You can't secure what you don't acknowledge.SM

Friday, January 25, 2008

Thought for the day on what security really is(n't)

"Security is mostly a superstition. It does not exist in nature. Life is either a daring adventure or nothing." - Helen Keller

Along the same lines of this week's post on personal security vs. information security.

My articles from this week

Here's my one information security article from this week that you may be interested in:

How secure is your SQL Server network design? (from

For all of my past information security tips and tricks be sure to check out


Thursday, January 24, 2008

The difference between personal security and information security

With it being an election year here in the U.S. we're surrounded by all this talk of big promises by power-hungry politicians. This nauseating process made me start to think about the difference between information security and personal security.

Let's start with personal security. The politicians say "Elect me and I'll give you the things you need! I'll take someone else's money - by force - and give it to you for your own personal security." What's not to like about that!!?? Many people would much rather have the government take care of them - that is, create personal security for them - than be forced to work hard and be a responsible contributor to society. This personal security is "free". Of course, at the cost of the people who actually pay taxes, individualism, and our long-term freedom.

Contrast this with information security. Let's say you want - no need, through laws and regulations - to create an environment where your "information" and your business are secure...well, that's gonna cost you! There's human resources, technology expenditures, business process changes (and all the related costs that go along with that), the hiring of vendors and consultants for specialized expertise, audit dollars, and on and on.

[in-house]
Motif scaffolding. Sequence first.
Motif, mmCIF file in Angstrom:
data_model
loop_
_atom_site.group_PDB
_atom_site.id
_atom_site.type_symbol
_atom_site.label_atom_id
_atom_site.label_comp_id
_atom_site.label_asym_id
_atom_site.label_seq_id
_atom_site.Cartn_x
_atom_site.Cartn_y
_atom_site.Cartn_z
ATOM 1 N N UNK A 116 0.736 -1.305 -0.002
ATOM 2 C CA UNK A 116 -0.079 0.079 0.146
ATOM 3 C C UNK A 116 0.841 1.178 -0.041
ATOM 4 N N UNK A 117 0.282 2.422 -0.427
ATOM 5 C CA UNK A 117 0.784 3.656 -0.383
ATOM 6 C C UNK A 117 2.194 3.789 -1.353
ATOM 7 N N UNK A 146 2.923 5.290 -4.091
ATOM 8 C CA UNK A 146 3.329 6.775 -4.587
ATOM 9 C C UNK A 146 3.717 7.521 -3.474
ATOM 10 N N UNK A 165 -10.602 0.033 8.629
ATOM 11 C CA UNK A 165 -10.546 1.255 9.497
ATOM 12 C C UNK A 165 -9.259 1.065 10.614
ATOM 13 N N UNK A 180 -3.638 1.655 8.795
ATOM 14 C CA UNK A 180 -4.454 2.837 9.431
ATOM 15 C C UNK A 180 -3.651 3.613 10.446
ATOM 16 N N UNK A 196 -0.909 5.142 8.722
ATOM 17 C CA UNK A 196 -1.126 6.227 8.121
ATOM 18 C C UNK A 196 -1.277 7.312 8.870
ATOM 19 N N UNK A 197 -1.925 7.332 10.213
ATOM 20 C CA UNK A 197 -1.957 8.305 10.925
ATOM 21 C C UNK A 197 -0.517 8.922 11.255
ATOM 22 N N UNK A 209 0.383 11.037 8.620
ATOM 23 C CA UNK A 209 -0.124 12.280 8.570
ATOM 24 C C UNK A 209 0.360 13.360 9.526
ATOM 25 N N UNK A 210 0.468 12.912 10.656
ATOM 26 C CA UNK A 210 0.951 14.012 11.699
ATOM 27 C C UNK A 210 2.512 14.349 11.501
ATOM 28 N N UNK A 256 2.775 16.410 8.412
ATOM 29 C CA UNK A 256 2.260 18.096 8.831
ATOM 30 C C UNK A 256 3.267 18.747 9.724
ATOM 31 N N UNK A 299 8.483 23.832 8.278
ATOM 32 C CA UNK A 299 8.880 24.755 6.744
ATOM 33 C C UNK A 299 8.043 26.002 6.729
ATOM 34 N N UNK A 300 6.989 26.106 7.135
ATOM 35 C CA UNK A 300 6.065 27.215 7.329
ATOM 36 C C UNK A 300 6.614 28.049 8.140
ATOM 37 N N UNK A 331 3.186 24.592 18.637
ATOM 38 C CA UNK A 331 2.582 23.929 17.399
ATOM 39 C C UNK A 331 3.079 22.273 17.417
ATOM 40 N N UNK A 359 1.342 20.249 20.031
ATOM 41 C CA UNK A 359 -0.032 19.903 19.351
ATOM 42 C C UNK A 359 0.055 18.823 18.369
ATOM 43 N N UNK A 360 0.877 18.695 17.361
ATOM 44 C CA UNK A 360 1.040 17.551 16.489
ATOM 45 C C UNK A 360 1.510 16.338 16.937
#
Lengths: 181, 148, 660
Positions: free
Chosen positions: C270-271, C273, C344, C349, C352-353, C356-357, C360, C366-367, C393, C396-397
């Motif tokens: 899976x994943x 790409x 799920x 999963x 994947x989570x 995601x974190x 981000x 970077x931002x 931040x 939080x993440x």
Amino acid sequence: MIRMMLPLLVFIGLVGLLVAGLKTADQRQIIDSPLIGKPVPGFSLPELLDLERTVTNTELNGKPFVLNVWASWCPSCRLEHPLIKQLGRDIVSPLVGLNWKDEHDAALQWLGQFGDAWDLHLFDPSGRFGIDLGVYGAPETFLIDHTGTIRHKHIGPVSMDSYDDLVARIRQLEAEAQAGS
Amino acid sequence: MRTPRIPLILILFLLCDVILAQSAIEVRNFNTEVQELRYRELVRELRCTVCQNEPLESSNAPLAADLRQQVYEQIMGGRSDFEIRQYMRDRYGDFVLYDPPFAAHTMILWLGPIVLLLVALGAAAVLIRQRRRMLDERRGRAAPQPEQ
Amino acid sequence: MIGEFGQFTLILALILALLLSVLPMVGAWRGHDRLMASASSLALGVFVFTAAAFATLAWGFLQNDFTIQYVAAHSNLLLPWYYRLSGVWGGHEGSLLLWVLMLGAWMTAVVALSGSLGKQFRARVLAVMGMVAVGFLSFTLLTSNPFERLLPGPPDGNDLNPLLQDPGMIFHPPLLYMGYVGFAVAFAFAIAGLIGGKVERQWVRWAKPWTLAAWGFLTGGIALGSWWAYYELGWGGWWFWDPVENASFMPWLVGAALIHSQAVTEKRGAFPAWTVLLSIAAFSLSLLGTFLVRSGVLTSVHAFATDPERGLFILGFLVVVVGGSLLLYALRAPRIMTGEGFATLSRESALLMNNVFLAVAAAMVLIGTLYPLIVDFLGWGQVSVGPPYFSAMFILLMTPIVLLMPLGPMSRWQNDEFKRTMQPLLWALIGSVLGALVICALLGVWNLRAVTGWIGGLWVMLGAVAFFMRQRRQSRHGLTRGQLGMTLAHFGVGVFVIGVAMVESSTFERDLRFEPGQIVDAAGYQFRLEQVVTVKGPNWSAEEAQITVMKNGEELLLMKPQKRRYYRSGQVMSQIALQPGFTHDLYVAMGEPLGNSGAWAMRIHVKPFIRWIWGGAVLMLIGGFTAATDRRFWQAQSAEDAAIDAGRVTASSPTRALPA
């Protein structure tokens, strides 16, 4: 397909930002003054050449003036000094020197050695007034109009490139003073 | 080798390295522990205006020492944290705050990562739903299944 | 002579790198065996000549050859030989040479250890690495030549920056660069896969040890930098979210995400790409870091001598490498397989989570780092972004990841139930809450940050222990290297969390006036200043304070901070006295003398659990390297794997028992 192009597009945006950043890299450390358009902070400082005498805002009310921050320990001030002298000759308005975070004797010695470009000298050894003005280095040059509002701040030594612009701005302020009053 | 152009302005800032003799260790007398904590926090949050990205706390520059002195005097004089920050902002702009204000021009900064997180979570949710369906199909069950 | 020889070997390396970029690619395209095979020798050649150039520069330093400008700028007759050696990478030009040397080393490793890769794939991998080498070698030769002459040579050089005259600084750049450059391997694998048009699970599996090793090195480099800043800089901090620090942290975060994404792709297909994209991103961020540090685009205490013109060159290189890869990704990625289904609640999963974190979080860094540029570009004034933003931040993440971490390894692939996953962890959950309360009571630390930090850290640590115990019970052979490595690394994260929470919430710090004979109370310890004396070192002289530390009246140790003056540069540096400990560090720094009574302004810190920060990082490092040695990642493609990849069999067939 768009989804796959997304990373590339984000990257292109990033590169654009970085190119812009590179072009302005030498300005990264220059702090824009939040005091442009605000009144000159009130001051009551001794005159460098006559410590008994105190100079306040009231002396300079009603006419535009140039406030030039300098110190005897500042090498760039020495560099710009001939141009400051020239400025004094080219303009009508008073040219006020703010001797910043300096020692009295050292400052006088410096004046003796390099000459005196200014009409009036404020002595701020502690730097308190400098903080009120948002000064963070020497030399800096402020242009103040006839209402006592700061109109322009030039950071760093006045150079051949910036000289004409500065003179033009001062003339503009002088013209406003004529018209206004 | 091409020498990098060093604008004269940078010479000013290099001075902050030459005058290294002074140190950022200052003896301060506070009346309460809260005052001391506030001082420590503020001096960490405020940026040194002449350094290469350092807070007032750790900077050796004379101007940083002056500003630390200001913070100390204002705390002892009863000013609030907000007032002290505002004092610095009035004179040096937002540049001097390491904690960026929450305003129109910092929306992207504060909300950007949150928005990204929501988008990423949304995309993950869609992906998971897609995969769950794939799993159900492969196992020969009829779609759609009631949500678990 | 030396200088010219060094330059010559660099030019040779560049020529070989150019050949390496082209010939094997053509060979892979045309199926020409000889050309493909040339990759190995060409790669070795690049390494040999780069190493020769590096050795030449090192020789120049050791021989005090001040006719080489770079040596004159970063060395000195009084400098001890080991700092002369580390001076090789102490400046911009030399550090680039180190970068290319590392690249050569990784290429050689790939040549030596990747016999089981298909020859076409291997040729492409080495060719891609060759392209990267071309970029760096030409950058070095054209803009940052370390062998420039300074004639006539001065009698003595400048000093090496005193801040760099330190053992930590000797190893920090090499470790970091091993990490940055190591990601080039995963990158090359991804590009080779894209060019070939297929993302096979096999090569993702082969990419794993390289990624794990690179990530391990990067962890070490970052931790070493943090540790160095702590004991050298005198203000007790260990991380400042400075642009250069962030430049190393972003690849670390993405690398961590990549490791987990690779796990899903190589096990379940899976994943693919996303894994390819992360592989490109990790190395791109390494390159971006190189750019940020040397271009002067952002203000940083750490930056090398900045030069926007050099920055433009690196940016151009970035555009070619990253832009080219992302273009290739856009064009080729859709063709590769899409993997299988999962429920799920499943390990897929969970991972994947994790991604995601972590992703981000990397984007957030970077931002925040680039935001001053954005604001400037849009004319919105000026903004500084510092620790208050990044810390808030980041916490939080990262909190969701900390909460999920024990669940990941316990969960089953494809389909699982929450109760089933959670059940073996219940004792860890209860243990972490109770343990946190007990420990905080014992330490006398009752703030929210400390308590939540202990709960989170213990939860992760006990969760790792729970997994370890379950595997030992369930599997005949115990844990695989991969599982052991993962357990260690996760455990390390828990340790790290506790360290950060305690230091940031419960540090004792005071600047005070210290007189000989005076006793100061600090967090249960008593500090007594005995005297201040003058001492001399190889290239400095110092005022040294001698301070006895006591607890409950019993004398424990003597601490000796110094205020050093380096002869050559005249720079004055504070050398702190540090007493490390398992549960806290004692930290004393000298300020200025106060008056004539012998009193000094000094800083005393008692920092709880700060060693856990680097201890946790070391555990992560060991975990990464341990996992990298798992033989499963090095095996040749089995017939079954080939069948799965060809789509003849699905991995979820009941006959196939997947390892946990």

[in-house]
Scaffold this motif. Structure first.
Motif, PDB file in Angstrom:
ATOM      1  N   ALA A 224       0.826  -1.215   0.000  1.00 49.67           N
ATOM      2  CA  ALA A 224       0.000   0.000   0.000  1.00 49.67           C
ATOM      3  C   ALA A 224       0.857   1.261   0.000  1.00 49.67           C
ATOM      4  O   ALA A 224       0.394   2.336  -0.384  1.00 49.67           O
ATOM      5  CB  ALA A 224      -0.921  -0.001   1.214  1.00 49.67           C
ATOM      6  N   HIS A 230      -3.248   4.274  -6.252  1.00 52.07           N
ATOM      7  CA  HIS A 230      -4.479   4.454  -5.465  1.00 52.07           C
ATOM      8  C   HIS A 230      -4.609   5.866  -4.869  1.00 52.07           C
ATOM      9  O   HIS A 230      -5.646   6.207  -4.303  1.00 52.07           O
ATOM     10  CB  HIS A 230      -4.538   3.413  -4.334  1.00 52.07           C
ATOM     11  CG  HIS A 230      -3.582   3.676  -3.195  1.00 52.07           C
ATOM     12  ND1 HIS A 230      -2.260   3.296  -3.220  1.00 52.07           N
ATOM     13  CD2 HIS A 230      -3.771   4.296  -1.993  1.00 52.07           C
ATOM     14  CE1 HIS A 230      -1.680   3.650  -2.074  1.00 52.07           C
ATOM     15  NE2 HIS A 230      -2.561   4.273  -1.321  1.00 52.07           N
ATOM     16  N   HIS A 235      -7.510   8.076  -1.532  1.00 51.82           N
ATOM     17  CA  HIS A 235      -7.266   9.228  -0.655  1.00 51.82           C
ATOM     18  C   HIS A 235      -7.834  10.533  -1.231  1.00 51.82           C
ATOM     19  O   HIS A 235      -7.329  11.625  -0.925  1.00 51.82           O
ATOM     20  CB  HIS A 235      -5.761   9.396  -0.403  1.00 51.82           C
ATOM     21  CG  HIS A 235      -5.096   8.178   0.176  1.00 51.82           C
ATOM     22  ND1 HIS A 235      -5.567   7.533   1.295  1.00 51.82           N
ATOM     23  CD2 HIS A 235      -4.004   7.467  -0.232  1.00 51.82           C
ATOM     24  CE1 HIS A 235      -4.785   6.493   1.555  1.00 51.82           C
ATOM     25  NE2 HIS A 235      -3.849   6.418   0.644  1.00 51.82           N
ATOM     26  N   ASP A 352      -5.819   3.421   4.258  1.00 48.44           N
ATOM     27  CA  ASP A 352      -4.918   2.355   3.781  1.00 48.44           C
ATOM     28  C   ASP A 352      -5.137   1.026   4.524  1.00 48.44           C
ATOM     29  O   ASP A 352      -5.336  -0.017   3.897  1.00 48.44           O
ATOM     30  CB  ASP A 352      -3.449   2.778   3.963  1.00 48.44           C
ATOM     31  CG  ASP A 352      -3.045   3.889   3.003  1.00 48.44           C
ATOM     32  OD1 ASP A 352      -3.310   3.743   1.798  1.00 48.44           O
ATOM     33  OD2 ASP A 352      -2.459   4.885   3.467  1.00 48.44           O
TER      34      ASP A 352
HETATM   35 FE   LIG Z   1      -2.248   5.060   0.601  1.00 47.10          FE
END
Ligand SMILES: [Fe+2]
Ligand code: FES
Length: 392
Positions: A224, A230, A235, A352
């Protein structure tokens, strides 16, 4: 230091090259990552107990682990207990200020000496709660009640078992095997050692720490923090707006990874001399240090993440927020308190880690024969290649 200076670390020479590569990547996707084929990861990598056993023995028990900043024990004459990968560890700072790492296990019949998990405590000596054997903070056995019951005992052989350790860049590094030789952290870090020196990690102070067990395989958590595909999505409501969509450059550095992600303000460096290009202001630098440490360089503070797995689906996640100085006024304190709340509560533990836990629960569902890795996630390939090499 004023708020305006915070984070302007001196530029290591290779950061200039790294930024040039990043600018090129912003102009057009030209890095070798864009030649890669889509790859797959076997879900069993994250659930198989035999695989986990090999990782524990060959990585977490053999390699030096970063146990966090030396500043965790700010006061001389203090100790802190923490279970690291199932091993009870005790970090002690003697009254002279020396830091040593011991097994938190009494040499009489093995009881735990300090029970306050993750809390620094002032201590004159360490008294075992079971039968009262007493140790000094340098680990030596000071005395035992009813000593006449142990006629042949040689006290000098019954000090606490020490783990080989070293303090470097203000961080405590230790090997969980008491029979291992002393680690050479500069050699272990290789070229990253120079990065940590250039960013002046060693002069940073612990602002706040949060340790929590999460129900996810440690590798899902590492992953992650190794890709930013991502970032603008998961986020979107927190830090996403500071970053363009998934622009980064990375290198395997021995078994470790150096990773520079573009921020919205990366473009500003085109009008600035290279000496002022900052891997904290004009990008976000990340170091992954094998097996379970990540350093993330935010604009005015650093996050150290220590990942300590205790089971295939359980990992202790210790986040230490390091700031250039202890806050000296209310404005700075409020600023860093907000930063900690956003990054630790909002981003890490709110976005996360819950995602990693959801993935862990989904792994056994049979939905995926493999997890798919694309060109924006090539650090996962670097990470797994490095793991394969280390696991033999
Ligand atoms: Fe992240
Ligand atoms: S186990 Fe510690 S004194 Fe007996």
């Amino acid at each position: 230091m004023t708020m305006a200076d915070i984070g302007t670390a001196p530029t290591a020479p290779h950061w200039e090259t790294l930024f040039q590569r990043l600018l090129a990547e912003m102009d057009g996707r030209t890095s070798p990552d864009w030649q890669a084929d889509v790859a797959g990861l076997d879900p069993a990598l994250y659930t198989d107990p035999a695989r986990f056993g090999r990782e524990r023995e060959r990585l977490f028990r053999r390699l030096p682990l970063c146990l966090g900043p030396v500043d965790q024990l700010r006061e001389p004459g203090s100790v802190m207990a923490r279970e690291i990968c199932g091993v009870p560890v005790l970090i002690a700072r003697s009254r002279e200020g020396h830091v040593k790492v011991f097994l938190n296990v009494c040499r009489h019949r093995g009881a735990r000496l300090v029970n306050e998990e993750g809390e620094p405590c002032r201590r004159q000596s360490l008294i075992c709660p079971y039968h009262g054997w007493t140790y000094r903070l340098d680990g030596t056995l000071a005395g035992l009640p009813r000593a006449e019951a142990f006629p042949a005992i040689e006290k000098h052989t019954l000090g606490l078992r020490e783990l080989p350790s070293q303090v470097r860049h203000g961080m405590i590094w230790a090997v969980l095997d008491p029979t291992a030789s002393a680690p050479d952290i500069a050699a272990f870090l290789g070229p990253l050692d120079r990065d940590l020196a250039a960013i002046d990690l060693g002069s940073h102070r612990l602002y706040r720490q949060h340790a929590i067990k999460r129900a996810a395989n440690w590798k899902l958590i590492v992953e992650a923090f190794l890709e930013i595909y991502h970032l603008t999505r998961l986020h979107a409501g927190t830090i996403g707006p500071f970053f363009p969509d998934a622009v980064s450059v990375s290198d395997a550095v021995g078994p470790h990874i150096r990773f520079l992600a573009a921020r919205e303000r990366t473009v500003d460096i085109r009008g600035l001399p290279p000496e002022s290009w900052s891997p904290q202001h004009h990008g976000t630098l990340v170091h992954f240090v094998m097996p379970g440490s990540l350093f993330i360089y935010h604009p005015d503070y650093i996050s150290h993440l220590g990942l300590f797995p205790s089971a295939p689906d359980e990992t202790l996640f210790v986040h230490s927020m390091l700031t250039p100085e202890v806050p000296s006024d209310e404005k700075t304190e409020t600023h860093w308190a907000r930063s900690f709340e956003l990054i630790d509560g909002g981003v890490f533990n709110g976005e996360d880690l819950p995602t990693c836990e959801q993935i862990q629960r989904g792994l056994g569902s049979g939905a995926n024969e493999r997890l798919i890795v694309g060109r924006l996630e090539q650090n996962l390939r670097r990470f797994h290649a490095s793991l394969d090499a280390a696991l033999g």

Now, imagine if businesses today could turn to the government with all their information security needs. WOW. Our networks, our apps, our databases, our laptops, our smart phones, our business processes, you name it, would all be VERY, VERY secure. It'd be unlimited security. To the point where information security professionals and a lot of network administrators wouldn't be needed - at least after all the fancy systems were put in place.

I've always struggled with the word "security" in my job description...I don't like being associated with dependence, mediocrity, and reliance on others - what personal security is all about. Now that I've thought it through though, I see there's a clear difference.

Uh-oh, I'd better get back to work...

Tuesday, January 22, 2008

Great show to get inside the mind of the bad guys

I don't watch a ton of TV but when I do I often lean towards shows that teach me something (Seinfeld, Reno 911!, and South Park aside). If you haven't see it yet, check out the Discovery Channel show called It Takes a Thief. The premise of the show is home security and how weaknesses can/are exploited by burglars.

You'll learn about how to keep your home locked down (lots of stuff you've likely never considered) and you'll learn how the criminal mind works. This insight translates nicely into how the bad guys attack our networks and applications. One of those information security skills that pays to keep sharp.

Monday, January 21, 2008

Crooks will always find a way

I was perusing the latest issue of Security Technology & Design (a trade mag that I write for) and was reminded of some findings of a recent security assessment...It's: where do the bad guys start when attempting to work their way inside a building? Something that's easy to overlook (and often is) is that of unsecured external access to a building. Think about both network type entry points and walk-in entry points: manholes, critical cabling found in splice boxes, network camera connections, and that ever-predictable unmanned rear entry door that people often prop open for their smoke breaks, etc.

The person with a malicious mindset always thinks outside of the box to find weaknesses that have been overlooked by even the savviest of security pros. Think about how a malicious vandal, hacker, or terrorist would look at your building. Look at things from every angle and every entry point. Even the small ones. You might just find that the simple stuff is creating the greatest holes.